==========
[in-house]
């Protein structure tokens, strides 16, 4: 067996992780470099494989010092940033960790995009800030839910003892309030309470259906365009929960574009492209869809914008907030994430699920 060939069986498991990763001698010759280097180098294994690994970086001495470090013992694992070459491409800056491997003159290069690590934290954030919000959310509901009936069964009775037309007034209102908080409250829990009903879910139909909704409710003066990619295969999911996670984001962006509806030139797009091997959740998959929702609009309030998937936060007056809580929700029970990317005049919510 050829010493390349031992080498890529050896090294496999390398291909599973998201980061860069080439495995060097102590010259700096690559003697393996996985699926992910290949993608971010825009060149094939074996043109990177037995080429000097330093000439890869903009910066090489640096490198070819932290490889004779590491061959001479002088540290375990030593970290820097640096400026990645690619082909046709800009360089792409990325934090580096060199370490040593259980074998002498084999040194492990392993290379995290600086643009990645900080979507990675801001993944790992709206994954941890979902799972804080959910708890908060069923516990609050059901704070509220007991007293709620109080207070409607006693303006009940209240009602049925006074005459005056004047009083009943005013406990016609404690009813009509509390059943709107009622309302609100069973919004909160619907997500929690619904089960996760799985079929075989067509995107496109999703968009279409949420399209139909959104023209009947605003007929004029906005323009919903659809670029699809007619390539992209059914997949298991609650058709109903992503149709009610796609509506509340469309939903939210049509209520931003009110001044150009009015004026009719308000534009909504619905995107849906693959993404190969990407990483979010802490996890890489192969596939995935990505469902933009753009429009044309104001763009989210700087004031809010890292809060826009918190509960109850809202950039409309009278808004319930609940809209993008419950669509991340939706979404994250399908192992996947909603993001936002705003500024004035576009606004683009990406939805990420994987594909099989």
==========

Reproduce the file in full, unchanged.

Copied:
[in-house]
């Protein structure tokens, strides 16, 4: 067996992780470099494989010092940033960790995009800030839910003892309030309470259906365009929960574009492209869809914008907030994430699920 060939069986498991990763001698010759280097180098294994690994970086001495470090013992694992070459491409800056491997003159290069690590934290954030919000959310509901009936069964009775037309007034209102908080409250829990009903879910139909909704409710003066990619295969999911996670984001962006509806030139797009091997959740998959929702609009309030998937936060007056809580929700029970990317005049919510 050829010493390349031992080498890529050896090294496999390398291909599973998201980061860069080439495995060097102590010259700096690559003697393996996985699926992910290949993608971010825009060149094939074996043109990177037995080429000097330093000439890869903009910066090489640096490198070819932290490889004779590491061959001479002088540290375990030593970290820097640096400026990645690619082909046709800009360089792409990325934090580096060199370490040593259980074998002498084999040194492990392993290379995290600086643009990645900080979507990675801001993944790992709206994954941890979902799972804080959910708890908060069923516990609050059901704070509220007991007293709620109080207070409607006693303006009940209240009602049925006074005459005056004047009083009943005013406990016609404690009813009509509390059943709107009622309302609100069973919004909160619907997500929690619904089960996760799985079929075989067509995107496109999703968009279409949420399209139909959104023209009947605003007929004029906005323009919903659809670029699809007619390539992209059914997949298991609650058709109903992503149709009610796609509506509340469309939903939210049509209520931003009110001044150009009015004026009719308000534009909504619905995107849906693959993404190969990407990483979010802490996890890489192969596939995935990505469902933009753009429009044309104001763009989210700087004031809010890292809060826009918190509960109850809202950039409309009278808004319930609940809209993008419950669509991340939706979404994250399908192992996947909603993001936002705003500024004035576009606004683009990406939805990420994987594909099989």